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Visa and Mastercard Face Setback as Judge Indicates Likely Rejection of $30 Billion Deal

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Visa Inc. and Mastercard Inc. are facing a potential setback as a federal judge in Brooklyn indicated she is likely to reject their $30 billion settlement with retailers.

The deal, aimed at capping credit-card swipe fees, has been a focal point of contention between the card giants and merchants for years.

Judge Margo Brodie of the U.S. District Court for the Eastern District of New York expressed skepticism about the settlement during a hearing on Thursday.

According to court records, Judge Brodie suggested she might not approve the agreement, stating she would issue a written decision in the coming days.

Retailers have long campaigned to reduce their share of the costs associated with accepting card payments, known as interchange fees.

These fees, which are partially passed on to banks that issue the cards, including major institutions like JPMorgan Chase & Co. and Citigroup Inc., have been a burden for many merchants.

Announced in March and pending court approval, the settlement was designed to allow merchants to charge consumers extra for transactions involving Visa or Mastercard credit cards.

The agreement also aimed to introduce pricing tactics to steer consumers towards lower-cost cards.

“The court’s comments strongly suggest that she won’t accept the settlement,” noted Justin Teresi, an analyst with Bloomberg Intelligence. “While Judge Brodie doesn’t seem convinced that larger retailers should be allowed to opt out from the settlement, provisions like changes to digital wallet acceptance rules and some state bans on surcharges likely present real adequacy issues.”

Both Visa and Mastercard expressed disappointment over the developments. A Mastercard representative stated, “We believe the settlement presented a fair resolution of this long-standing dispute, most notably by giving business owners more flexibility in how they manage their card acceptance activities. We will pursue our options to ensure a proper resolution of this matter.”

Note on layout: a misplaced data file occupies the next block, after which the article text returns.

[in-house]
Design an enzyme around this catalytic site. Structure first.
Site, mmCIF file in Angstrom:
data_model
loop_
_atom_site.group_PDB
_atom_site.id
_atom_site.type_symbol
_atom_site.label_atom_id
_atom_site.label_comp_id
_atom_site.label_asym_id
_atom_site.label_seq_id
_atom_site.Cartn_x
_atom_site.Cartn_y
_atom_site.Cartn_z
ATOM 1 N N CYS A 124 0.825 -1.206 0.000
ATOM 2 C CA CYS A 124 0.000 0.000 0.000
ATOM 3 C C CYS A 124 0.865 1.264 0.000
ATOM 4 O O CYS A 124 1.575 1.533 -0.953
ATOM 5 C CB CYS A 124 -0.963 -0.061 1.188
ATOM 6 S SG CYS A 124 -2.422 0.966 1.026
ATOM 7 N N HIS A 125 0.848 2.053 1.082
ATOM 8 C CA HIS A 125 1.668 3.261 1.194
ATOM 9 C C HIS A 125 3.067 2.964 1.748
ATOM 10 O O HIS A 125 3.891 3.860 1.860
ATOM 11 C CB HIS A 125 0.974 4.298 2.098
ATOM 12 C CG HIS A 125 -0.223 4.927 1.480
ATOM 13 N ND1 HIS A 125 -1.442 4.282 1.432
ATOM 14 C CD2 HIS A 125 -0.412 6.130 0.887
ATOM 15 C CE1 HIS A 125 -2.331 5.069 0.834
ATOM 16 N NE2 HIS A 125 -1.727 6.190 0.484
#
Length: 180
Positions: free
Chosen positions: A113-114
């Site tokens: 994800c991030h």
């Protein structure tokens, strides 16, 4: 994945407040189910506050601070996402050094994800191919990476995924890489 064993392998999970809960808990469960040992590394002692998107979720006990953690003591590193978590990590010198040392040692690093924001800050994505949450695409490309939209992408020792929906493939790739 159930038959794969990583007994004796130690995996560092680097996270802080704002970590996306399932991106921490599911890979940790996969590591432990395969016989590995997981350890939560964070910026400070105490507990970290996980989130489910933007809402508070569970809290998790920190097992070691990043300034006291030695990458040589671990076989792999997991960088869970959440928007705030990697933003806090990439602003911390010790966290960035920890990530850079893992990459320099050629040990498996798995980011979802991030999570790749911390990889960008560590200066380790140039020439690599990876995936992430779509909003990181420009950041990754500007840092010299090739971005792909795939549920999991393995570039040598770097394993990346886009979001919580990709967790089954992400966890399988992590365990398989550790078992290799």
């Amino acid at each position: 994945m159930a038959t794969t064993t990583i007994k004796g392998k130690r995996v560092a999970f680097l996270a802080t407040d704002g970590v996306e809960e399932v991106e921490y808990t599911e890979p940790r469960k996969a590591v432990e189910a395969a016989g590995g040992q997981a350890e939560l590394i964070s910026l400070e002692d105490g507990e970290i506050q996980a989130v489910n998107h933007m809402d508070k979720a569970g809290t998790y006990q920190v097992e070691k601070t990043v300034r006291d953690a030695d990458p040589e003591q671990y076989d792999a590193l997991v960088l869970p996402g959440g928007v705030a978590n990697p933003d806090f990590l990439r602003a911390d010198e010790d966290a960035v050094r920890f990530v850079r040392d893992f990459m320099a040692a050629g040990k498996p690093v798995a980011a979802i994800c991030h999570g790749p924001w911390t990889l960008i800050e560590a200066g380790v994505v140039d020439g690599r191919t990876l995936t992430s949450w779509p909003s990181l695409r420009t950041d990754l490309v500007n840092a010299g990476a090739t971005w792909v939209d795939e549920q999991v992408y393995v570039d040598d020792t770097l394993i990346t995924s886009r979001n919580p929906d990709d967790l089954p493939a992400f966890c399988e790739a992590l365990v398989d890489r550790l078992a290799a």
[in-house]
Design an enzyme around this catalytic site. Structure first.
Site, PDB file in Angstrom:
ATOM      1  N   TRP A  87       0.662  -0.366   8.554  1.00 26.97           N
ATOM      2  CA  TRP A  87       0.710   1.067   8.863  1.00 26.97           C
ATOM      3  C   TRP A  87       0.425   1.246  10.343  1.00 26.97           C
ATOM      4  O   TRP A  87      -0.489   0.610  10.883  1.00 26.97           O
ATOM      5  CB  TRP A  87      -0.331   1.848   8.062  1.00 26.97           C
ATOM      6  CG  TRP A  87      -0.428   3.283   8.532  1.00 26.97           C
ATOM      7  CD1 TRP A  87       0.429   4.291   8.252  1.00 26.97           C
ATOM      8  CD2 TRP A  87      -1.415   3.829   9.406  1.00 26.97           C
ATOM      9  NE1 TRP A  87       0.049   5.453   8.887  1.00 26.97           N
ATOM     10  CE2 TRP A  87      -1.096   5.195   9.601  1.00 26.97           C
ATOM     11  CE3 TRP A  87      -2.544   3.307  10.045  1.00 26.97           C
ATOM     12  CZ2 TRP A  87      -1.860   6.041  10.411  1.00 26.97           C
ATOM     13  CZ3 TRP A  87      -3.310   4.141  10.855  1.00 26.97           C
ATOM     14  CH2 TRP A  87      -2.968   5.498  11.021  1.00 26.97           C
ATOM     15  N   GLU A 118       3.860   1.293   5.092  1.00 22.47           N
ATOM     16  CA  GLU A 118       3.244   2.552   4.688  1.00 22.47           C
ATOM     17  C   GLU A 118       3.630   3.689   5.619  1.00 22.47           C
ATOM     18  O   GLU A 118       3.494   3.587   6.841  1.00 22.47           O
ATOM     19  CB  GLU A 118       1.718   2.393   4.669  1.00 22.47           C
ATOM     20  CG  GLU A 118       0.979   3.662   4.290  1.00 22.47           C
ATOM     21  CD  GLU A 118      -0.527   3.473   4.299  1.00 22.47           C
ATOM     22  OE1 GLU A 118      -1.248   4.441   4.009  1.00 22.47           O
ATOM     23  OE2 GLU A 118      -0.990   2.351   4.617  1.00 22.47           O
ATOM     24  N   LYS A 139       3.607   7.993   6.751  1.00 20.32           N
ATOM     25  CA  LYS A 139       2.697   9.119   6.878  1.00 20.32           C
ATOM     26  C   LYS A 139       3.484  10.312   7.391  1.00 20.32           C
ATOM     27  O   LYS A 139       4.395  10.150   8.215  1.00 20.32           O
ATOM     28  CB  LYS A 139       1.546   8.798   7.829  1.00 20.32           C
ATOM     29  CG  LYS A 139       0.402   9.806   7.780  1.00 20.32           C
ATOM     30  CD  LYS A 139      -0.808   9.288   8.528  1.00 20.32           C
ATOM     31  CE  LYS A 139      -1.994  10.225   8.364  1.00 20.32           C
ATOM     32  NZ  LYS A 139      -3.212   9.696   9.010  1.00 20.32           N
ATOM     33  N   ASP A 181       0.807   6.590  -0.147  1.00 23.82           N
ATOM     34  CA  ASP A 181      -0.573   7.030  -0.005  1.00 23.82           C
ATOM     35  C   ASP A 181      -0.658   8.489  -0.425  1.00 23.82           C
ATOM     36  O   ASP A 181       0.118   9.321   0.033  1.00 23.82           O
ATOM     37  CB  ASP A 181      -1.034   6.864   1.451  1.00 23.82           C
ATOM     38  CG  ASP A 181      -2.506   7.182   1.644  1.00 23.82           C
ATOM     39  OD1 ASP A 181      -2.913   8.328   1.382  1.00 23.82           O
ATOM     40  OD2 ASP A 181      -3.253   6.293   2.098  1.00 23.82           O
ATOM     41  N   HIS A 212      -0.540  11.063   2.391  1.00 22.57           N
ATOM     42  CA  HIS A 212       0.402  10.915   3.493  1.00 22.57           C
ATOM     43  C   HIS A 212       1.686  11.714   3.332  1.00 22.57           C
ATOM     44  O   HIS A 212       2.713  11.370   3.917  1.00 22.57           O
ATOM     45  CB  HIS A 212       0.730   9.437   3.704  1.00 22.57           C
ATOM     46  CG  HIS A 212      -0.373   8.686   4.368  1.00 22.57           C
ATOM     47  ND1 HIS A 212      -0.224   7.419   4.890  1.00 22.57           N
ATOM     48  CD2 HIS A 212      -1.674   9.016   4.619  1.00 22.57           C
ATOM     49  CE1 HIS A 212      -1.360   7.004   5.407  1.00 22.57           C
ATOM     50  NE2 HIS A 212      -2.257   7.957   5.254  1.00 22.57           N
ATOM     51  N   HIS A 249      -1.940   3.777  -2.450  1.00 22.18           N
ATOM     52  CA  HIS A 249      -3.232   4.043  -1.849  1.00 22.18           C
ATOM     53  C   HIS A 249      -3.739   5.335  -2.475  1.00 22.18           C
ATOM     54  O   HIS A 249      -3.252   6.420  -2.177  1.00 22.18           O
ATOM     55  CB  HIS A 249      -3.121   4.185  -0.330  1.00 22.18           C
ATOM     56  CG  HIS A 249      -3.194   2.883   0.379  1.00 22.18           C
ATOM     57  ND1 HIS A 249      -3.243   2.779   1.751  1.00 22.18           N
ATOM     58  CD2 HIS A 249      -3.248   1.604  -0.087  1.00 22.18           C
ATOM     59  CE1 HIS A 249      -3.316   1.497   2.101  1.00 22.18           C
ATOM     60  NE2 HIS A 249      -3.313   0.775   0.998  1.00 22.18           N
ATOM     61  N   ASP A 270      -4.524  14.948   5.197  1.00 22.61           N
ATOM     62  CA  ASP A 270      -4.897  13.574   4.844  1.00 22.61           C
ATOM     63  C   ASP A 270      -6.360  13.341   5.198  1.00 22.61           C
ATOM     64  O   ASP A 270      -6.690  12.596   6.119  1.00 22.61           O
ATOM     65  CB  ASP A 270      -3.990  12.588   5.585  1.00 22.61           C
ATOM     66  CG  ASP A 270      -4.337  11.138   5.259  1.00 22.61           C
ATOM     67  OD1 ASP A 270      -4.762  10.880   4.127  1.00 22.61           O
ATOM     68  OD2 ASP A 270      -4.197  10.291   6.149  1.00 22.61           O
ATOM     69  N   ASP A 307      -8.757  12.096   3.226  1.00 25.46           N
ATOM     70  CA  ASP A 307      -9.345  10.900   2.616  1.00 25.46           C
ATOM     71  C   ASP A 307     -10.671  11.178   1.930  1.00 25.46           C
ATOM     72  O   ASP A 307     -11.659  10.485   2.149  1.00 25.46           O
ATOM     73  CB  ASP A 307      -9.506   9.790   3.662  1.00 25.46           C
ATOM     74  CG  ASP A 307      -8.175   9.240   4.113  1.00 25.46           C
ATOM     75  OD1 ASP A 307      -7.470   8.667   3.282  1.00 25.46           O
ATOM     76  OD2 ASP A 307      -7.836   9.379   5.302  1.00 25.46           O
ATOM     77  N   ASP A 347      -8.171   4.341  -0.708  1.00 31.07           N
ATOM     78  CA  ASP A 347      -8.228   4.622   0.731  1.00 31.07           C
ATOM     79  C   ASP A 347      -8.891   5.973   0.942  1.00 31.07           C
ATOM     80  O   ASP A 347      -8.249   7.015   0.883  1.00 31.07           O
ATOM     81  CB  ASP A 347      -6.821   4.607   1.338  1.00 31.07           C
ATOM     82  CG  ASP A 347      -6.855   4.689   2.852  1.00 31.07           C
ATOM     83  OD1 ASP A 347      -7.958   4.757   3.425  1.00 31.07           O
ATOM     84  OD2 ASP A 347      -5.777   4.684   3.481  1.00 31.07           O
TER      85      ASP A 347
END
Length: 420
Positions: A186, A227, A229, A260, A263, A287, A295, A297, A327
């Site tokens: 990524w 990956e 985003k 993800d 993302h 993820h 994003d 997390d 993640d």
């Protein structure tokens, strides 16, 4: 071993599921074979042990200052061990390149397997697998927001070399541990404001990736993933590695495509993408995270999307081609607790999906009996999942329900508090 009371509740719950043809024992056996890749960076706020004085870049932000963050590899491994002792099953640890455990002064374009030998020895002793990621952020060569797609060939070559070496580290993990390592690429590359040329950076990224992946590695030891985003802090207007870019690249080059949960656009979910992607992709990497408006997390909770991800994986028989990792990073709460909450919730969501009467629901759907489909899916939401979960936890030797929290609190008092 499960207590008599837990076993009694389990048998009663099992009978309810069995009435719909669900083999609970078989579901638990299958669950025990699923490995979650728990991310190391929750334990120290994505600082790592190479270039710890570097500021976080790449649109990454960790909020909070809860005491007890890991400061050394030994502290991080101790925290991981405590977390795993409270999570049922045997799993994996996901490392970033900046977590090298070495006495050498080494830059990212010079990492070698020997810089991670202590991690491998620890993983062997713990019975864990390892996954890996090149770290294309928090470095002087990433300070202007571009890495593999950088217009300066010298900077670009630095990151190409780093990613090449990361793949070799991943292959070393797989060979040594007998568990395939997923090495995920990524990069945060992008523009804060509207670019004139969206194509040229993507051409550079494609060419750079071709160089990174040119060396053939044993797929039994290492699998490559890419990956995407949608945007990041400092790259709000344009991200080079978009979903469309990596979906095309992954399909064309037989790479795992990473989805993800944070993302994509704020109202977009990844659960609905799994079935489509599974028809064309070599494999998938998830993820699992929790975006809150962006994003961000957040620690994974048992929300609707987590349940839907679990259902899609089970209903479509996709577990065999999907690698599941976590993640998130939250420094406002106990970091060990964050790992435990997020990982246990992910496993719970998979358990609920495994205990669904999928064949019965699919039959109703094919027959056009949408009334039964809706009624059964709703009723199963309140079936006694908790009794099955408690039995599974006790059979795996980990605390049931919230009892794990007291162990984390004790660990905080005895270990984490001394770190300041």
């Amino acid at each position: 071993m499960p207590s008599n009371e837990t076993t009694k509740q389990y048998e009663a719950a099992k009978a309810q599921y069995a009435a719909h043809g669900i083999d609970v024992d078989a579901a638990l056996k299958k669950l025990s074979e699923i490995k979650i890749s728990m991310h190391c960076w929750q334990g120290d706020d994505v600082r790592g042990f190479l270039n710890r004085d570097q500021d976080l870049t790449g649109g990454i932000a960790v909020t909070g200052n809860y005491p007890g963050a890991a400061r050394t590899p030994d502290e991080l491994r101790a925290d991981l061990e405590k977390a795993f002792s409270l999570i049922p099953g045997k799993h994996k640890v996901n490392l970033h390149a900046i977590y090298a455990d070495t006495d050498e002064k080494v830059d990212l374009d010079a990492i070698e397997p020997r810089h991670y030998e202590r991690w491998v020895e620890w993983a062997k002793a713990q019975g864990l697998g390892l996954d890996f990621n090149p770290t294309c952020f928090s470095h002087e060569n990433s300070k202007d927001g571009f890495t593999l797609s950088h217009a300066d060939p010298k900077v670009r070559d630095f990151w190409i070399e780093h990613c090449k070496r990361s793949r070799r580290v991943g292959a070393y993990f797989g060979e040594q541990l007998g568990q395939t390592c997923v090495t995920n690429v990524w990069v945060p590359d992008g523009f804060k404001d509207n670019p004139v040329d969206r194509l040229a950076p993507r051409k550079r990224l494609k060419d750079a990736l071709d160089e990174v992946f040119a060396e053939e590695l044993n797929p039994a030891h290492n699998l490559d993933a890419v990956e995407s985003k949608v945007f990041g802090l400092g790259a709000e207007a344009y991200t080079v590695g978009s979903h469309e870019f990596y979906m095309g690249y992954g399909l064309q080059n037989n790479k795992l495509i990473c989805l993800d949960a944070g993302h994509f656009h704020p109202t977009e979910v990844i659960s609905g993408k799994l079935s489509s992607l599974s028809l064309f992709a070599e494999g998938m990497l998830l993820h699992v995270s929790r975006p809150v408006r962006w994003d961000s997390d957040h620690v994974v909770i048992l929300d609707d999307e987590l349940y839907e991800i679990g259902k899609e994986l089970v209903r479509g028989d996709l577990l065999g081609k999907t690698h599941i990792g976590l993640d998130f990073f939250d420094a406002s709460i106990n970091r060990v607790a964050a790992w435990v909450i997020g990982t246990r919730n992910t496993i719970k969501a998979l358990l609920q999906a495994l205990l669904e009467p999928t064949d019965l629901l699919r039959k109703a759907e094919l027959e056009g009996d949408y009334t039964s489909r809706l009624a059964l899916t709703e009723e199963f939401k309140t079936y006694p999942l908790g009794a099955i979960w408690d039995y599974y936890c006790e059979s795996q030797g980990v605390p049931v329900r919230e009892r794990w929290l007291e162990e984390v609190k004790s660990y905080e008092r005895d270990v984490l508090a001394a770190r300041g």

Visa’s spokesperson echoed this sentiment, emphasizing that “continued engagement between industry and the merchants is the best way forward.”

Swipe fees have become a substantial financial issue for retailers, totaling more than $160 billion last year, according to the Merchants Payments Coalition. Reactions to the settlement were mixed when it was announced, with some retail coalitions pledging a thorough review and others quickly opposing it.

The Retail Industry Leaders Association, representing large merchants such as Target Corp. and Home Depot Inc., described the settlement as a “mere drop in the bucket” and urged careful review to assess if it adequately addresses the harm inflicted on retailers.

Doug Kantor, general counsel for the National Association of Convenience Stores, praised the judge’s remarks, stating, “We’re gratified to see that the court recognized how bad this settlement was.”

Is the CEO/Founder of Investors King Limited. A proven foreign exchange research analyst and a published author on Yahoo Finance, Businessinsider, Nasdaq, Entrepreneur.com, Investorplace, and many more. He has over two decades of experience in global financial markets.

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Flutterwave Celebrates Inclusion in CNBC’s Top 250 Global Fintechs

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Flutterwave has been recognized as one of the Top 250 Fintech companies globally by CNBC and Statista.

Joining the ranks of industry giants like Ali Pay, Klarna, Piggyvest, and Mastercard, this accolade underscores Flutterwave’s impact on the financial technology sector.

This honor follows Flutterwave’s recent inclusion in Fast Company’s Most Innovative Companies list, highlighting the company’s pivotal role in transforming Africa’s payment landscape.

The recognition is a testament to Flutterwave’s dedication to innovation and excellence in providing seamless payment solutions across the continent.

Expressing gratitude, Flutterwave acknowledged its talented team, supportive board, reliable partners, and loyal customers for contributing to this success.

The company continues to drive progress in the fintech industry, reinforcing its commitment to enhancing financial accessibility and inclusion in Africa and beyond.

Flutterwave’s recognition on these prestigious lists marks a proud moment and a significant milestone in its journey, reflecting the company’s growing influence and leadership in the global fintech arena.

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Nigeria Sees 31% Increase in POS Fraud Amid Rising Terminal Adoption

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The prevalence of fraud and forgery in Nigeria’s payment system has shown a significant shift in the first quarter of 2024, with Point-of-Sale (POS) transactions experiencing the highest increase in fraudulent activities.

According to the “Fraud and Forgeries Report in Nigerian Banks” for Q1 2024 by the Financial Institutions Training Centre (FITC), POS fraud cases surged by 31.12%.

In Q4 2023, there were 2,683 reported cases of fraud associated with POS terminals. However, this number escalated to 3,518 cases by Q1 2024.